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Climate’s right for a change in energy consumption

Thousands of people came together to ask the Scottish Parliament to take action on climate change. Picture: Getty

Thousands of people came together to ask the Scottish Parliament to take action on climate change. Picture: Getty

  • by PHILIPPA BONELLA
 

Lifestyle choice can aid developing nations, says Philippa Bonella

With the deluge of negative political stories which fill our newspapers and television news bulletins daily, it is easy to forget that our politicians, at both Scottish and UK levels, can sometimes get things right.

As we approach the fifth anniversary of Scotland’s Climate Change Act on 24 June, it is worth reflecting on how positive change really is in our hands and those of our political representatives.

Back in 2009 many thousands of people came together to ask the Scottish Parliament to take action on what is widely recognised as one of the major global problems of our time. People from all walks of life demanded action because they cared about an issue which affects us all. The result was a piece of legislation that recognised Scotland’s share of historic responsibility for bringing about climate change, and committed the country to taking the action needed to deal with it.

As a Scottish international aid and development charity Sciaf cares deeply about climate change because we are working with people in Africa, Asia and Latin America who are already feeling its effects. People such as Vernia Saint Peaux who lives with her family in Mombin Crochu in the mountains of north east Haiti. In a country where most people are already struggling to survive on less than a dollar a day, climate change is making life even more difficult.

Sciaf is working with Vernia’s community to help small-scale farmers adapt to the changing climate. By planting new trees on the steep hillsides and using bushy plants with deep roots – such as pineapple and sugarcane – to create living barriers, Vernia and her neighbours can protect their farms from landslides and soil erosion.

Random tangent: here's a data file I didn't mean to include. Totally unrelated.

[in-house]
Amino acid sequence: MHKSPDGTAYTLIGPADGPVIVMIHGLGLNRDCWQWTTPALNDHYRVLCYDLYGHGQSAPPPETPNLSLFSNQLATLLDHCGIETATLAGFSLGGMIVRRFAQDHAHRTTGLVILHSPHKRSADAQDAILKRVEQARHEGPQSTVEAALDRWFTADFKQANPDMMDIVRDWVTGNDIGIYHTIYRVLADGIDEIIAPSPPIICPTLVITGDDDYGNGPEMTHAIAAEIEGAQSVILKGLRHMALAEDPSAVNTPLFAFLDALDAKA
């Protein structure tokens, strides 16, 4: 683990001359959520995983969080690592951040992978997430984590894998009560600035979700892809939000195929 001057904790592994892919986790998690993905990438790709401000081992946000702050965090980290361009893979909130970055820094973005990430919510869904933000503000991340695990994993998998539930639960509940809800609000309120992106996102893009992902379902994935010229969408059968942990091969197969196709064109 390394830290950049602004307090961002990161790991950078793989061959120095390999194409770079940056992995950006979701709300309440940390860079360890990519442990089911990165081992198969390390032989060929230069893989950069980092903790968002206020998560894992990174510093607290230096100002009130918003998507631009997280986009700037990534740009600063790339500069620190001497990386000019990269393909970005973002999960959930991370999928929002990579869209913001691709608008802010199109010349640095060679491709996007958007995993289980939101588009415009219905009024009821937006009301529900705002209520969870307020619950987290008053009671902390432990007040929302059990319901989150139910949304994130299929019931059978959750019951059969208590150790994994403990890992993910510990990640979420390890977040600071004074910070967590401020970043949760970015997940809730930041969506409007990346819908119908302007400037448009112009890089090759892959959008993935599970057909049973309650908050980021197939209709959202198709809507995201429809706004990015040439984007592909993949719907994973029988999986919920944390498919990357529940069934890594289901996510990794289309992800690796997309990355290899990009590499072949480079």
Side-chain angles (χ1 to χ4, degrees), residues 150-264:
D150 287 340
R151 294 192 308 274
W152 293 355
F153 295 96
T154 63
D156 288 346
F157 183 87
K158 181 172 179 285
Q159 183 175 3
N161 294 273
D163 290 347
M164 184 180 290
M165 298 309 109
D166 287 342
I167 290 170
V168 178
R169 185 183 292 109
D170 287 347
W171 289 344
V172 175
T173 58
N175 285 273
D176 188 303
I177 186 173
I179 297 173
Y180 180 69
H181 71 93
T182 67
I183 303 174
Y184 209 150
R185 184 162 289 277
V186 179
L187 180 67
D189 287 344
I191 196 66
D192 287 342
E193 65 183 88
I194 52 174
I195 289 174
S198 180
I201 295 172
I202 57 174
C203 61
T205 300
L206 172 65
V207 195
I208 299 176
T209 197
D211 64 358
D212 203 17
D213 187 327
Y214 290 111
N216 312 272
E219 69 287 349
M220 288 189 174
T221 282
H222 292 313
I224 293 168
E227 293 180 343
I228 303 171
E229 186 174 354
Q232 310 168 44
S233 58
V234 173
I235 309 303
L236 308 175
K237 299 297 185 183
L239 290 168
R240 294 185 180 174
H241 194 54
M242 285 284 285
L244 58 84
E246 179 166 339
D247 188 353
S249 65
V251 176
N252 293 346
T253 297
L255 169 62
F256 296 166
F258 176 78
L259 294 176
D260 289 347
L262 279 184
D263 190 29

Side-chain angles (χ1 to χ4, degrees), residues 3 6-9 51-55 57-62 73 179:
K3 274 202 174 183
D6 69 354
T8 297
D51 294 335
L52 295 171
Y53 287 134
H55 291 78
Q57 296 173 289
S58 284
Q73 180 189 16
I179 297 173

By selling crops at market, Vernia now earns enough to send her children to school and pay for their medical care.

For Vernia and Sciaf there are clear reasons why we feel the need to act for climate justice. As a Catholic charity we are inspired by the words of Pope Francis when he says: “Never tire of working for a more just world, marked by greater solidarity! No-one can remain insensitive to the inequalities that persist in the world!”

For many the issue is personal. We all love something that is threatened by climate change; our children and grandchildren, the food we like or the people and places we enjoy visiting. We are united by the things we love, and our desire to cherish and protect what we love means that we cannot stand by without action to address climate change.

We need to look at our own lifestyles and how we can reduce our impact on people living in poor countries by thinking carefully about how we travel to work and reduce the amount of energy we use. But more changes are needed at the political level too. That is why Sciaf is a member of Stop Climate Chaos Scotland – the country’s largest civil society coalition – and other campaigning networks including the European Catholic CIDSE group and global Caritas Internationalis.

Scotland may have the world’s most progressive climate legislation but more needs to be done if we are to deal with climate change, reduce global poverty and create a more just world for all. Currently, Scotland’s greenhouse gas emission reduction targets are not being met, despite decreases in emissions overall. Further action is needed to put in place the policies that will reduce our country’s emissions in the coming years.

Following the passage of the Scottish Procurement Reform Act which will direct how £9 billion of public spending is used, Scottish Government guidance is needed to help local authorities make ethical and environmentally responsible purchasing decisions.

Big business also has a key role in dealing with climate change and reducing poverty at home and in many developing nations. While business activities are often positive in generating jobs and tax for poor countries, more needs to be done to ensure that firms which behave badly are accountable and forced to operate in an ethical, social and environmentally responsible way. As consumers we can use our purchasing power to put pressure on businesses to make the right choices and call for governments to demand greater transparency from corporate giants who wield huge levels of political and financial power.

We all have a stake in the future. Many of our actions can help determine what that future will look like.

• Philippa Bonella is the head of communications and education for the Scottish Catholic International Aid Fund (SCIAF) www.sciaf.org.uk

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